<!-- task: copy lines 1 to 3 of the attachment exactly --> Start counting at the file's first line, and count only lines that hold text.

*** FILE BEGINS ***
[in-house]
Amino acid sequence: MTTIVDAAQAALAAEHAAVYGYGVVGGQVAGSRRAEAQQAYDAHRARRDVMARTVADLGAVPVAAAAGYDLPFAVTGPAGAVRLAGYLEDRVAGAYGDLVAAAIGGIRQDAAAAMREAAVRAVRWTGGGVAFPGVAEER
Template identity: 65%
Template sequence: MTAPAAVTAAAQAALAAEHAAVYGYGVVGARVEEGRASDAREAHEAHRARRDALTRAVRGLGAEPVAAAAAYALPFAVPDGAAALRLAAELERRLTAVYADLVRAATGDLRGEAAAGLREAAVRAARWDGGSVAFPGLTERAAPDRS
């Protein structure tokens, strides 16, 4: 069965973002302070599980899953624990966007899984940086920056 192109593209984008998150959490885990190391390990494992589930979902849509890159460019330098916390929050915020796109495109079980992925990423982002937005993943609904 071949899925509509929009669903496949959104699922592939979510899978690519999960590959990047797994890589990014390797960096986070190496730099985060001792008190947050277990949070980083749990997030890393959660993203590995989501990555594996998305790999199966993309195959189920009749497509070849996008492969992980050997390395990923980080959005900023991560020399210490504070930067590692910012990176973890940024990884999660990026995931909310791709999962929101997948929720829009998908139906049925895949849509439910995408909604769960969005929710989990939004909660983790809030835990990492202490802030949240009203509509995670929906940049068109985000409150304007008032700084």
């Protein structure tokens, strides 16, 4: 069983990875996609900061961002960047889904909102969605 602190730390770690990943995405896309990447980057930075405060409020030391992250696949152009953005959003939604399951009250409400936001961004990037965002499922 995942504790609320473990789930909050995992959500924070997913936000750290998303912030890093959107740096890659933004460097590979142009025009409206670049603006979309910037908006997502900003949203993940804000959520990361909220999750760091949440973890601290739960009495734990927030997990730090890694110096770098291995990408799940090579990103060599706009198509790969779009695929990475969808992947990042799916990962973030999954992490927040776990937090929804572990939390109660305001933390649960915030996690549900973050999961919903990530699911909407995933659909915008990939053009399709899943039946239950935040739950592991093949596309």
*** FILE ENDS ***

[in-house]
Amino acid sequence: MTTIVDAAQAALAAEHAAVYGYGVVGGQVAGSRRAEAQQAYDAHRARRDVMARTVADLGAVPVAAAAGYDLPFAVTGPAGAVRLAGYLEDRVAGAYGDLVAAAIGGIRQDAAAAMREAAVRAVRWTGGGVAFPGVAEER
Template identity: 65%